Welcome to Sequim Museum & Arts
Open from 11-3 pm Wednesday through Saturday &During the 1st Friday Art Walk from 5-8pmPlease come in and visit our ongoing displays
January & February Art Display
Art by Beverly MajorsNatures never ending variety of subject matter either in its’ most subtleways or wind and sand blasted by time, presents an array of possibilities. The beauty of the wind and water as it polishes driftwood is always captivating. Although these are not the only subjects painted they are among the favorites. Most of the pieces are painted in Acrylic and some in pastels, however, a new found fondness of scratch art is starting to emerge
Sequim Museum & Arts presents
“What Does D-Day Mean to Us Today?”Sunday, January 28th 3:00 P.M. at the Old Historic Dungeness Schoolhouse 2781 Towne Road by Donations
The Sequim Museum & Arts is pleased to announce our guest speaker Mac Alexander Macdonald. Mac Macdonald is owner and president of his firm, the LYFE Enhancement Company.
Mac was chosen as one of the speakers during the 70th year commemoration of the D-Day landings in Normandy France a couple of years back. His PowerPoint presentation about the event is emotionally stirring, educational, and inspiring. His narration during his playing of the cemetery scene from the movie “Saving Private Ryan,” asks us to ask ourselves if we are really “earning it” as the dying Tom Hanks character told the young Private Ryan to do.
We are not gods; we are only human. And as humans, we forget “to earn it”. We sometimes go back to primal behaviors that never served us in the first place. We pay allegiance to things - thoughts, doubts, fears, and actions that can border dysfunction. The program Mr. Macdonald will present helps us remember that the sacrifices made on our behalf on those beaches give us the opportunity to pay it forward, to guide ourselves in a spirit of gratitude rather than defensiveness; to remember how important we are to our communities, thus repairing relationships, and getting back at it.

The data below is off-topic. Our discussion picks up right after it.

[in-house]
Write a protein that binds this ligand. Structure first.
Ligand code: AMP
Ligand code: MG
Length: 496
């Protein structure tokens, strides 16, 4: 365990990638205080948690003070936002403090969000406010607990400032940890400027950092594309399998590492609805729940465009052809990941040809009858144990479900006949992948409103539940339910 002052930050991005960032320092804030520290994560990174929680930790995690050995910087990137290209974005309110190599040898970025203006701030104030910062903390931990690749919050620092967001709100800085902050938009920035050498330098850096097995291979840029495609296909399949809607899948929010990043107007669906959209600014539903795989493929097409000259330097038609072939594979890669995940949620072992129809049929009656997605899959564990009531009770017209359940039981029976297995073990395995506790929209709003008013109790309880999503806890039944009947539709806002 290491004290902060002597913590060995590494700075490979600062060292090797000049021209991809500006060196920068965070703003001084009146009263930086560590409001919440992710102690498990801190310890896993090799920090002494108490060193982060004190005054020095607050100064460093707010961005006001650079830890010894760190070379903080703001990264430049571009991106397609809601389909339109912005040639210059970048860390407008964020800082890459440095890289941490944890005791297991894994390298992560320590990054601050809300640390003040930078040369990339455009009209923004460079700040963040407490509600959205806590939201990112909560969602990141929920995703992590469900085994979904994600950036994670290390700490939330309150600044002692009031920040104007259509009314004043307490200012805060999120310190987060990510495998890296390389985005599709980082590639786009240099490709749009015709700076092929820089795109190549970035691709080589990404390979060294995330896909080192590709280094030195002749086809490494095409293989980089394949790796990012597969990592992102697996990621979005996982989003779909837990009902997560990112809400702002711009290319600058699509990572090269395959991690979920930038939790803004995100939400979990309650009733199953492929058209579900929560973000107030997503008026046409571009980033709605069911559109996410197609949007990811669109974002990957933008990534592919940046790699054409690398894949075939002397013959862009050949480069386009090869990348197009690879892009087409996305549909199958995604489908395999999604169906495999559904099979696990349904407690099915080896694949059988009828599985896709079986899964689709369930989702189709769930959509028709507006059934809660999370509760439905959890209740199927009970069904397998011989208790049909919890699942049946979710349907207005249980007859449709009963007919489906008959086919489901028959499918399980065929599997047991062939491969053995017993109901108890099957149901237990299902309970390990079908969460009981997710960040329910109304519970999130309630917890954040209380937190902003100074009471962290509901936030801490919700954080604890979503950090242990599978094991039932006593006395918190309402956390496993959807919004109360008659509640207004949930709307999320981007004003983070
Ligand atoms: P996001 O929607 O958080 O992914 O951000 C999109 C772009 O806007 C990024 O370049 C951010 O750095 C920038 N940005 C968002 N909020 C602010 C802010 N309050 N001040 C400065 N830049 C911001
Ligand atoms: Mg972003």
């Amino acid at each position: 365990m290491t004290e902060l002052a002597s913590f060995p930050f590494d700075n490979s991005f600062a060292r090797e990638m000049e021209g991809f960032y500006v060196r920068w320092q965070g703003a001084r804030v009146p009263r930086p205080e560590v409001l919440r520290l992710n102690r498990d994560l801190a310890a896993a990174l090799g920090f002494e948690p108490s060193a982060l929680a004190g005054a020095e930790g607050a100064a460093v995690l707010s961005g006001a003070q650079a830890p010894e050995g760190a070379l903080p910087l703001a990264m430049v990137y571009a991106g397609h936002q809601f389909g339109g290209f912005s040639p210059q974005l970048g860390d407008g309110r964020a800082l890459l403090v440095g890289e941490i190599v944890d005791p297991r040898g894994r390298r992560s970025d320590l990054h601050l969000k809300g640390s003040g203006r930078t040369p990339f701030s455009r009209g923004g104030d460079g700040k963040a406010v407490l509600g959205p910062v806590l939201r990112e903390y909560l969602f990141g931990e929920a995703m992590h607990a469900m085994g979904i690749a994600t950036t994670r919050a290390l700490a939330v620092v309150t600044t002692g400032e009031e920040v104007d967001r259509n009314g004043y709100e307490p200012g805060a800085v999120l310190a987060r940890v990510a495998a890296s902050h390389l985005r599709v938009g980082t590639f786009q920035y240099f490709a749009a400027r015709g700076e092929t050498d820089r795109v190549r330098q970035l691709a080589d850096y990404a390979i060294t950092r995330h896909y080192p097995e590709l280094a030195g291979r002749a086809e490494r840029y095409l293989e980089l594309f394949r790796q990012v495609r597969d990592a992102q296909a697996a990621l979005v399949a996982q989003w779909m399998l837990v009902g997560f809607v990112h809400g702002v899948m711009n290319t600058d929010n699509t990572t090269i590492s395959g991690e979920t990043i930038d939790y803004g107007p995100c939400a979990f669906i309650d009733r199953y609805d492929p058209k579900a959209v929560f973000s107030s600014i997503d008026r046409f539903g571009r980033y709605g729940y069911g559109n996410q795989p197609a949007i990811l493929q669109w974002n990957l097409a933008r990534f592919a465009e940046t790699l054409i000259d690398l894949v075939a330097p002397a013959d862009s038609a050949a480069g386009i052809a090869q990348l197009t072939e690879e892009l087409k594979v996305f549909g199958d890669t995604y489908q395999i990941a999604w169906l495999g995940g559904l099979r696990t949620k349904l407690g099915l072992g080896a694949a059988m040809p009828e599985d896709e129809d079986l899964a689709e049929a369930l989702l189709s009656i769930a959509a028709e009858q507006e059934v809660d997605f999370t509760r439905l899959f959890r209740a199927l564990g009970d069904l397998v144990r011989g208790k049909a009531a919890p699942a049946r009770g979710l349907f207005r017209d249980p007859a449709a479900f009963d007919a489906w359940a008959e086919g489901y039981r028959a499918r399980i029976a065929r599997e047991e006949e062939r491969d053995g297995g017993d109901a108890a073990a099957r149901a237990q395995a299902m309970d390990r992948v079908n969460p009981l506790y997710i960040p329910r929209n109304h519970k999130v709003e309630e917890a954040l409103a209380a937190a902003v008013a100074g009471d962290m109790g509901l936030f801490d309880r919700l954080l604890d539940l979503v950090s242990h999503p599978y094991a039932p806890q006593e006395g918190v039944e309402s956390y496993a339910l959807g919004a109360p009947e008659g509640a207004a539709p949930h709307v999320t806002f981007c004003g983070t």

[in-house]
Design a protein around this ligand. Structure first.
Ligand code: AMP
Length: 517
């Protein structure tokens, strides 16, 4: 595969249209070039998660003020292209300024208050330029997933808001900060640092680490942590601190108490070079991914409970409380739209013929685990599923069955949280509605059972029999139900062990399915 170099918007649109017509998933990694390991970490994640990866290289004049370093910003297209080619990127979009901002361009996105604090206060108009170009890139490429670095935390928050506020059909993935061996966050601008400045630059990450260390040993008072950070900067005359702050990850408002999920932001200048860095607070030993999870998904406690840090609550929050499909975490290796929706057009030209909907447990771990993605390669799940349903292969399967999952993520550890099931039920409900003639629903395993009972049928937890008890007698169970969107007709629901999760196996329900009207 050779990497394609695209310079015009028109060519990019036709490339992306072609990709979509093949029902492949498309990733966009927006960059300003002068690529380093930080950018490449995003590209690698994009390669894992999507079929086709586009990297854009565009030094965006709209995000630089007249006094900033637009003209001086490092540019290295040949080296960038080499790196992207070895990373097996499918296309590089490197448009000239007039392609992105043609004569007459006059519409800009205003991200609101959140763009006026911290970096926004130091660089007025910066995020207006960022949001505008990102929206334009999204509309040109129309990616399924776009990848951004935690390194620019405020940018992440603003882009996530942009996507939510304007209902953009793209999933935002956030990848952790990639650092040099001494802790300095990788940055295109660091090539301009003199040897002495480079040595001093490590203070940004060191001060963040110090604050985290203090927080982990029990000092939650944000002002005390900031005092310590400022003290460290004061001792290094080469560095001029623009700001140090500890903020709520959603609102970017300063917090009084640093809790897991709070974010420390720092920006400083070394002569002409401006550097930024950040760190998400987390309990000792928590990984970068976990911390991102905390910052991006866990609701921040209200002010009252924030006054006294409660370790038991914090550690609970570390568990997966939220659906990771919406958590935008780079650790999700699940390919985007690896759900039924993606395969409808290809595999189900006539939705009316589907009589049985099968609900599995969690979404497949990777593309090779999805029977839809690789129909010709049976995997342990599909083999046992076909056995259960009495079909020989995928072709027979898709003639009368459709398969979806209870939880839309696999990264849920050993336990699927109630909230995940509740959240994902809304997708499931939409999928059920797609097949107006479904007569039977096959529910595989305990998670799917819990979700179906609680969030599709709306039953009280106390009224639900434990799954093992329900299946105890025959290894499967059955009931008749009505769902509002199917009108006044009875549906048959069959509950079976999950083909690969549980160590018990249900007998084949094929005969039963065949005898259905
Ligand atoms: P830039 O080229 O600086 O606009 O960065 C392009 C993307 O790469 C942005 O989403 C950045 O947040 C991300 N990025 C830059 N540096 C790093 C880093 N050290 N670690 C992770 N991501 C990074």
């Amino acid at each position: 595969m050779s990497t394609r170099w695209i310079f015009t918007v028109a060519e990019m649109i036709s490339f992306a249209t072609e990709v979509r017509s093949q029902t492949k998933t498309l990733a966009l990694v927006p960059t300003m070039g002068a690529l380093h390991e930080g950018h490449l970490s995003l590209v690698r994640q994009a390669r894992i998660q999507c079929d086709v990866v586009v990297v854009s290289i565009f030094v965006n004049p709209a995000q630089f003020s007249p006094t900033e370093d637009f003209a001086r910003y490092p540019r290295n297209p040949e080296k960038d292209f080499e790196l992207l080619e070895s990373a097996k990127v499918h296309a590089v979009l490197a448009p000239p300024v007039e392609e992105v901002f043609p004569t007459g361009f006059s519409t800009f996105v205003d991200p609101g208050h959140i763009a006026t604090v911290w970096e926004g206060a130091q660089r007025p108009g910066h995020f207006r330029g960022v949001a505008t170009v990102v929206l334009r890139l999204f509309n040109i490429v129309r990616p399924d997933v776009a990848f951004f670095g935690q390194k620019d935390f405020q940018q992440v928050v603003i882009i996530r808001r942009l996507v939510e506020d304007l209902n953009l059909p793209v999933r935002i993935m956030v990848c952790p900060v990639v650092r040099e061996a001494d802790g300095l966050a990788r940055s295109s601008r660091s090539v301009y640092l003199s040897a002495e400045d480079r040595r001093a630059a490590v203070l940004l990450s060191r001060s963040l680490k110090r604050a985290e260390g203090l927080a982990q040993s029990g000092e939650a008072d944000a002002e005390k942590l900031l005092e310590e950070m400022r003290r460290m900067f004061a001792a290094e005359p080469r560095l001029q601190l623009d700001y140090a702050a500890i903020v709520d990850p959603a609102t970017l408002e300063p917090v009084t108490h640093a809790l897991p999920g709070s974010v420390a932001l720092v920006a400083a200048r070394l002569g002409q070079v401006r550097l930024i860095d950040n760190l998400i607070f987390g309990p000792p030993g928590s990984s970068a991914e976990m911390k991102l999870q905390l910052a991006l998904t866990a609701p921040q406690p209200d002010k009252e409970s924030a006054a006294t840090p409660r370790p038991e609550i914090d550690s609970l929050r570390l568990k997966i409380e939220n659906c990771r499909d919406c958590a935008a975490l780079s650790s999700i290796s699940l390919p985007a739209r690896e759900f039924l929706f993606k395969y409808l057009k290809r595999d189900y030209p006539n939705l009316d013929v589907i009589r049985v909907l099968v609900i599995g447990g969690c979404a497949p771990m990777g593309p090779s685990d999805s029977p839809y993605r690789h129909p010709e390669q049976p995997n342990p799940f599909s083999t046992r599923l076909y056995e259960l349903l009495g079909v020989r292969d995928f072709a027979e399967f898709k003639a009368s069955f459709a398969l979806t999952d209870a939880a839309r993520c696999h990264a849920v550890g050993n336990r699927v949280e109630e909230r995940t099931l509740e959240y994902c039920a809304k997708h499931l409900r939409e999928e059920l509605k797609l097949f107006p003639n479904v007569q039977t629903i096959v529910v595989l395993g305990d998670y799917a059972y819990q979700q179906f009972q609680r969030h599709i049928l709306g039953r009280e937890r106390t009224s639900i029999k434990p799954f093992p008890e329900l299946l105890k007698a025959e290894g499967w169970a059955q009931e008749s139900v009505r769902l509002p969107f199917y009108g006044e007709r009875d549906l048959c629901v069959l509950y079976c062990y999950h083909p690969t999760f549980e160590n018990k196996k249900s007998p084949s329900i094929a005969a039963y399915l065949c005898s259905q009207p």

Mr. Macdonald has been a corporate trainer and consultant for the last 35 years helping business owners and managers in all types of organizations find better leadership skills to manage, motivate, and retain their employees, staff, and association members. His client list is a mile long. Successfully helping them create an atmosphere of employee engagement, his clients include Boeing, Microsoft, Alaska Airlines, Holland America, Motorola, and many other organizations both large and small.
In his younger years, he was also an actor having appeared in movies such as “Apocalypse Now” in the Philippines, “American Graffiti”, “Murder She Wrote” and in many television commercials such as the old Rainier Beer commercials. He recently appeared in a book- to-movie filmed in Seattle called “Where’d You Go Bernadette” starring Kate Blanchett. He has promised to show a few amusing behind-the-scenes photos from those times as well.
His talk is all about continued engagement and participation especially considering the sacrifices made in all wars for our ability to do so. This would be a perfect time to bring younger persons who knows little of that time.
To enroll, access smile.amazon.com & you will be asked which organization you want to support. Choose Museum and Arts in the Sequim-Dungeness Valley. Once you enroll you are connected to your amazon.com account each time you use Smile.amazon.com. Just remember to always access Amazon via smile.amazon.com.Please share this information with friends & family so they can also help support your new Museum Construction in progress.
Local History Books Available
by Lonnie Archibald
by Katherine Vollenweider
A mammoth find in Sequim
Photo: Burke Museum